Tag Archives: Georgia Houses

Burns-Sutton House, 1901, Clarkesville

This Eclectic/Folk Victorian home was built by local master carpenters Rusk and Cornelius Church for Dr. J. K. Burns. Upon Dr. Burns’s death in 1924, the house was inherited by his daughter, Pauline Sutton, wife of Superior Court judge and Clarkesville mayor I. H. Sutton. Later incarnations include a bed and breakfast and law office.

Washington-Jefferson Street Historic District, National Register of Historic Places

English Vernacular Revival Cottage, 1942, Clarkesville

Washington-Jefferson Street Historic District, National Register of Historic Places

Edwards-Tatum House, 1932, Clarkesville

This innovative cross-gable Craftsman cottage is a nice example of the variations of the style.

Washington-Jefferson Street Historic District, National Register of Historic Places

Fortune Teller’s House, Harris Neck

I made these photos in 2009; no one was living here when I was in the neighborhood earlier this summer. As a self-service ice house, and home to a welder, it served an important purpose in this community of fishermen. The owners were obviously on the honor system, but to make sure customers were honest, a decorative skeleton kept an eye on things. The “answers” part of the sign always got my attention. I imagine it had something to do with the telling of fortunes. This is a bigger deal in these parts than many like to admit.

Apartment Houses, St. Simons Island

These structures, likely built in the 1950s, were located behind Bennie’s Red Barn Restaurant in the historic Harrington community on St. Simons Island. They were lost to development by 2020.

My identification of the structures as apartment houses is tentative, as I have been unable to confirm anything about them. I have been told they were built for employees of Sea Island or that they may have been owned by the late Alonza Ramsey (c. 1932-2010), a legendary resident of the Harrington community whose Old Plantation Supper Club was a longtime favorite. I have no idea which, if either, is correct, but the layout of the houses would indicate company housing or rentals.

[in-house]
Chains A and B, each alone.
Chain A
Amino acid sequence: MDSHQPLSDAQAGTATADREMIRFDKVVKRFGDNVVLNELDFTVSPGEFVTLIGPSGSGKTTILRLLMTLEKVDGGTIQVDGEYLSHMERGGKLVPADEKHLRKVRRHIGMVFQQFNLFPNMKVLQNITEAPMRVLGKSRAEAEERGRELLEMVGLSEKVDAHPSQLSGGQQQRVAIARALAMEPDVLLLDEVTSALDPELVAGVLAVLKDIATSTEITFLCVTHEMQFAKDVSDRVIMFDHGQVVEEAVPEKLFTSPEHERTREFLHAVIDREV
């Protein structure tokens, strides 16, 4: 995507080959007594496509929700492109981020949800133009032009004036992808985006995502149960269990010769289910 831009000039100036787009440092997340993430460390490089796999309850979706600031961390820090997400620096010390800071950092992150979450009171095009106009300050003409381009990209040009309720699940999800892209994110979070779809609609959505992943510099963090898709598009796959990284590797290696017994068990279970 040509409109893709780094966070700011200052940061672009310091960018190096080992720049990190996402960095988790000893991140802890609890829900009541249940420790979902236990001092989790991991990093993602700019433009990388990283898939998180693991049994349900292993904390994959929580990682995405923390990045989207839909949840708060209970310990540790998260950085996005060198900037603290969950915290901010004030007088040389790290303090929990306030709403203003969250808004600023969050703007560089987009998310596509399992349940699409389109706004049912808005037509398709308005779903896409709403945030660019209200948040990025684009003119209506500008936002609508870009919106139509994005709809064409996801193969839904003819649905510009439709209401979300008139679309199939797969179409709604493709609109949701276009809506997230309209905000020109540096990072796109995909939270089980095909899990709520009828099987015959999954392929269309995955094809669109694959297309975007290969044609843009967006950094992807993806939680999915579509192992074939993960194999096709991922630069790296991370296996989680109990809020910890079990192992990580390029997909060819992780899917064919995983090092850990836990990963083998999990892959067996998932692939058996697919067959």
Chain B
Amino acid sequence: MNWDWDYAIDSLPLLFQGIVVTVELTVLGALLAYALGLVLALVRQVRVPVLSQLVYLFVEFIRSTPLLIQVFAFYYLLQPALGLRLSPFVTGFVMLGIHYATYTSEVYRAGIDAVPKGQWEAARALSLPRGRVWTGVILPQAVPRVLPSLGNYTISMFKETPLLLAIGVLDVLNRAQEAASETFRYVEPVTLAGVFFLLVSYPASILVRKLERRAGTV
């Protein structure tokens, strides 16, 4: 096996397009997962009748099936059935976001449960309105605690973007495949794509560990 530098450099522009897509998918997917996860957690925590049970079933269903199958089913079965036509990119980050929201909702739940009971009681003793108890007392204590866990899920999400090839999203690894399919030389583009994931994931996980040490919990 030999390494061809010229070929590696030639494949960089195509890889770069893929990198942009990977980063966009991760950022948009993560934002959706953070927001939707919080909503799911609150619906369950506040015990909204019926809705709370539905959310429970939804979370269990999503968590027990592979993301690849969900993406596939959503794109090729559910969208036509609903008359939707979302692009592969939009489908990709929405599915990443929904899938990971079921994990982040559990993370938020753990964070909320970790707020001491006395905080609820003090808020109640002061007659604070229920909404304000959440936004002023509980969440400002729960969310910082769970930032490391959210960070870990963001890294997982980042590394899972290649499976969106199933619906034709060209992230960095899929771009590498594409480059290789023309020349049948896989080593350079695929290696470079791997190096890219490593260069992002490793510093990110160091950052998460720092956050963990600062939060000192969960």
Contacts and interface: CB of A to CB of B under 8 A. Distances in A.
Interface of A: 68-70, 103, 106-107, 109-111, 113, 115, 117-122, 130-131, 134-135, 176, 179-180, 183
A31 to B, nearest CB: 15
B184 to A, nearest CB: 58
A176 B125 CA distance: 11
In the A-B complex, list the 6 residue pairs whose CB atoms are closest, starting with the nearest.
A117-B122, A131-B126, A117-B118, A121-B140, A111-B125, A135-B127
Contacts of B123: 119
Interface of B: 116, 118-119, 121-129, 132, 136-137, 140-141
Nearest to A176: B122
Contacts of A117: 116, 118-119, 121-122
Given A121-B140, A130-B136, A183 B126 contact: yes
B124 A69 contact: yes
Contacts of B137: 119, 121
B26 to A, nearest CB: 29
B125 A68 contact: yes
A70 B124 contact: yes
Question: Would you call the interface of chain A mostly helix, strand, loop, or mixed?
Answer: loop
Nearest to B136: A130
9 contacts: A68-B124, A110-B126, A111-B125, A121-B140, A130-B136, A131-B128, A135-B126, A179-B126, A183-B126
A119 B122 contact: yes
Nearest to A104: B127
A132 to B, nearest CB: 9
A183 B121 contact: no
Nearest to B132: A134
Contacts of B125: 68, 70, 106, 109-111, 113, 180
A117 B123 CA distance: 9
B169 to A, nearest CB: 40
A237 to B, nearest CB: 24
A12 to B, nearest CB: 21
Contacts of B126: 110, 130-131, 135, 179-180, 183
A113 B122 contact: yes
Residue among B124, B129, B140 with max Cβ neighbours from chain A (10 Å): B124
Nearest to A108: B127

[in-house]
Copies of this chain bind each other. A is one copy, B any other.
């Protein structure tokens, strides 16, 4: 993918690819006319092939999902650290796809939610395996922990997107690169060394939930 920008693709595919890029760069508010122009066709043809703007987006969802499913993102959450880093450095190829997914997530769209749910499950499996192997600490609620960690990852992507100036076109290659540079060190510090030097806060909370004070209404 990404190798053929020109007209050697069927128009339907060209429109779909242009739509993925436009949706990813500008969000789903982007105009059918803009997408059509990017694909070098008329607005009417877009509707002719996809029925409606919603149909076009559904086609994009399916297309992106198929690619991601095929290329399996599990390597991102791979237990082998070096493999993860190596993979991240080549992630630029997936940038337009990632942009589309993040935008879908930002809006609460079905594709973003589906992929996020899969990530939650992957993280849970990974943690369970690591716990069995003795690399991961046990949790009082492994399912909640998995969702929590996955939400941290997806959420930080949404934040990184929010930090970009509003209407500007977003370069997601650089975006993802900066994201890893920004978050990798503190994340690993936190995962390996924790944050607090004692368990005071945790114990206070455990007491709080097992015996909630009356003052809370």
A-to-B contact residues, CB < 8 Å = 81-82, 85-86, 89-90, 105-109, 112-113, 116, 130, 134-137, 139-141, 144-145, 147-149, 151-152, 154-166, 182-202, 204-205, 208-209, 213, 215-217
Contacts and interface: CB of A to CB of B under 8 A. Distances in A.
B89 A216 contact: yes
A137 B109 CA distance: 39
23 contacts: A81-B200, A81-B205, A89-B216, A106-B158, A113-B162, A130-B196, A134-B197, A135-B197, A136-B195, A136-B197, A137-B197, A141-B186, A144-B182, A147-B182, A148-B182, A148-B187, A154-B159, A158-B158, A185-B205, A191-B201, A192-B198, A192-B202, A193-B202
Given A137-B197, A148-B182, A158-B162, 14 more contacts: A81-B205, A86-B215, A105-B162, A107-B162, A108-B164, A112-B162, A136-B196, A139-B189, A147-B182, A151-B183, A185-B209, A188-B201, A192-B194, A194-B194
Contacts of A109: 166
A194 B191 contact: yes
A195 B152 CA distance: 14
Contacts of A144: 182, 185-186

By the time I documented them in 2017, they appeared to have been abandoned for quite some time and were obviously returning to the elements.

The structures were utilitarian in design and represented modern and practical housing in the mid-20th century.

They were built of cinderblock, like the nearby vernacular church and Masonic lodge.

If I recall correctly, there were 5 or 6 buildings in the oak grove that dominated the neighborhood.

This was one of the largest remaining historic Black resources on St. Simons before it was demolished, even if it didn’t have the elements that many would consider worthy of preservation. Describing the loss of such places, Patrik Jonsson wrote in The Christian Science Monitor in 2002: Blacks once owned 86 percent of St. Simons, but now the small remaining settlements are intertwined with development roads and gated condosWhere small ramshackle villages once stood in the shade of giant live oaks, hacienda-style townhomes now crawl all the way up to the water.

I hope someone will reach out who knows more than I do about this place. There must be some great stories.

Villa Ospo, 1927, Jekyll Island

Villa Ospo was one of the last structures built in the Jekyll Island Club era. It took its name from the Guale word for either the island, or a village thereon, and has Spanish Eclectic and Italian Renaissance elements.